NOTES FROM NAPANOCH #15
Marion - Part One
by Joe Bevilacqua
What can I do, my dear, to catch your ear
I love you madly, madly Madam Librarian...Marian
Heaven help us if the library caught on fire
And the Volunteer Hose Brigademen
Had to whisper the news to Marian...Madam Librarian!”
I recently found myself singing this song from “The Music Man” as I drove to the home of Marion M. Dumond, retired Library Director from the Ellenville Public Library.
It was our first encounter and she was quick to point out her name is spelled differently than the fictional character in the musical.
As I entered her kitchen, the bespectacled cherub-faced woman was meticulously cutting a large bag of apples from a friend's tree into tiny perfectly shaped cubes. I was there to talk to her about her volunteer work for the Ellenville Central School District.
An hour into our conversation, we had not yet gotten to the subject. We eventually did talk about it, but along the way, Marion told me so many wonderful stories, I have decided to share some of them in this and some future columns.
Here is the story of Marion's early years, in her own words:
I was born Marion Milk Dec. 28, 1935, in Callicoon, to Helen and Larry Milk. Larry Milk was a small business man, very active in politics. He spent fourteen years going to Albany with the Assemblymen from Sullivan County.
I can remember my parents going door to door. Now, this was a rural community. At the time the township numbered 600 people and we always used to laugh and say, that was on a good day--no funerals and at least one bird.
Polio had reached epidemic proportions and we played in the Callicoon creek and Delaware river that we used to play in as kids. My mother was very concerned and felt that there may have been something in the streams that contributed to the outbreaks of polio. It was well known that upstream there might be the carcasses of dead animals, there were certainly trees that had been blown down, home septic systems that drained into the water.
My mother went door to door collecting money for a swimming pool in this little tiny hamlet of Callicoon. The swimming pool got built and with it we got an athletic field, a baseball diamond, and a tennis court. Ultimately, they built a recreation center.
I think it's one of the things that inspired me to try to be involved in whatever community I lived in, because I could see the difference that one person can make if they are committed to what they believe in.
I went to school in Callicoon, the Delaware Valley Central School. I was in a class of twenty four students in my freshman year. I had some absolutely marvelous teachers, won a couple of scholarships, and opted to go to Marywood College in Scranton, PA, because they offered a undergraduate minor in librarianship.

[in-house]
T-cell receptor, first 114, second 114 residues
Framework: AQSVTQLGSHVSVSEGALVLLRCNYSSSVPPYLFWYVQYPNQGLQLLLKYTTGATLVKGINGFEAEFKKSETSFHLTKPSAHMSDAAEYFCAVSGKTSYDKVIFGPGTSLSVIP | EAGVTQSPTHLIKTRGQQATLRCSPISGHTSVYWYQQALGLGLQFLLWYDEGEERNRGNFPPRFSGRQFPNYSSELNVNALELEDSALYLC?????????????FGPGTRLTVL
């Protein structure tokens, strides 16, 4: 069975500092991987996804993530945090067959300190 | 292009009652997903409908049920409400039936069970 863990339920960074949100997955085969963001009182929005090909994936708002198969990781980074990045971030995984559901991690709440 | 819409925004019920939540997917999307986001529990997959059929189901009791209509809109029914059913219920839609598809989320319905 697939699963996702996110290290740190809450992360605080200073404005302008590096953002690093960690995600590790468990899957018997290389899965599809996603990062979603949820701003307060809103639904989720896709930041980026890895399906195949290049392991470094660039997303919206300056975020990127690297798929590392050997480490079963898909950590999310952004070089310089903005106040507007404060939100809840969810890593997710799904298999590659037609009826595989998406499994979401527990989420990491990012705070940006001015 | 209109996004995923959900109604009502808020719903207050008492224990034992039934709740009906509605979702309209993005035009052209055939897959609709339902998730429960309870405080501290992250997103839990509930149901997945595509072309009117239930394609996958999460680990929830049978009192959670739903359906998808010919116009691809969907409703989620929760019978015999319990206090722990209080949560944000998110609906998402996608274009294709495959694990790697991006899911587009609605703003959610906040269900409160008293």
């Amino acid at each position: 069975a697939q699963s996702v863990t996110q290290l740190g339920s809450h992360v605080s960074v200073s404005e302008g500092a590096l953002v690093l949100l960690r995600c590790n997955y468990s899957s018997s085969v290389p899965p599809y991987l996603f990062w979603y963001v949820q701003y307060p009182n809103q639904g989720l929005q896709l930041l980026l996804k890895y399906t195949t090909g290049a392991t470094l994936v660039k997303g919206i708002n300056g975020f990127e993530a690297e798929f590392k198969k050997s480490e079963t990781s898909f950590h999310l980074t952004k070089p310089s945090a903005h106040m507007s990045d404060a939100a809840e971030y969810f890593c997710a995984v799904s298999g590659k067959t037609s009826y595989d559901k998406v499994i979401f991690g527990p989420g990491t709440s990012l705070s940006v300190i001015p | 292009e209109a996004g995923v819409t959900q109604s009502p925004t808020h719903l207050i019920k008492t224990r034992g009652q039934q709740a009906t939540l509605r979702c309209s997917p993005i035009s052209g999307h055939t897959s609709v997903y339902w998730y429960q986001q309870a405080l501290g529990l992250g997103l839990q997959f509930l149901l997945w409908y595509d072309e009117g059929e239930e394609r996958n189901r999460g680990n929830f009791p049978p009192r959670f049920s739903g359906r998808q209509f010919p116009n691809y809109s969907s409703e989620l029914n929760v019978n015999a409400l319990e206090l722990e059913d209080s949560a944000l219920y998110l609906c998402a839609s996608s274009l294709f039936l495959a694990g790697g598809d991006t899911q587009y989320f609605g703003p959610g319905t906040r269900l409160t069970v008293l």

I had never been in a public library. We didn't have one in Callicoon when I was growing up. The closest one was Monticello I think and we weren't in Monticello that often and it was for just Monticello people, long before the days of library systems and free access. I had gone to parochial school first through the eight grades and I was lucky enough to have had a nun as my advisor who was absolutely marvelous.
In sixth, seventh grade, you start talking about what you want to be when you grow up and she said to me, “Marion, you ought to be a librarian.”
Now this little parochial school didn't have a library either but I read about libraries and she said,
“You have what they need. You have an insatiable thirst for knowledge and you like people and that's what librarians do. They bring knowledge and people together.”
The more I thought about it, the more I thought, “Gee I'd like something like that.”
When I got to high school, my guidance counselor also taught Latin and German so you can imagine what kind of time she had for guidance work. I saw her twice a year and every time she said, “You are a good student. You are going to be a teacher.”
And I would say, “No, Mrs. Stengel, I'm not going to be a teacher. I am going to be a librarian.”
"That's silly, Marion, you are going to be a teacher.”
So she guided me into all of these programs for people that were going to go on to be teachers.
I went to Marywood for four years, graduated suma cum laude; went on to Syracuse University for my masters degree in librarianship and started my professional career as a children's librarian in Thrall Library on Orchard Street in Middletown.
In future columns, Marion Dumond will tell the story of how she met her husband, how she came to live and work in Ellenville, the planned restoration of the Hunt Memorial, and, of course, the volunteer program at the Ellenville Central School District.
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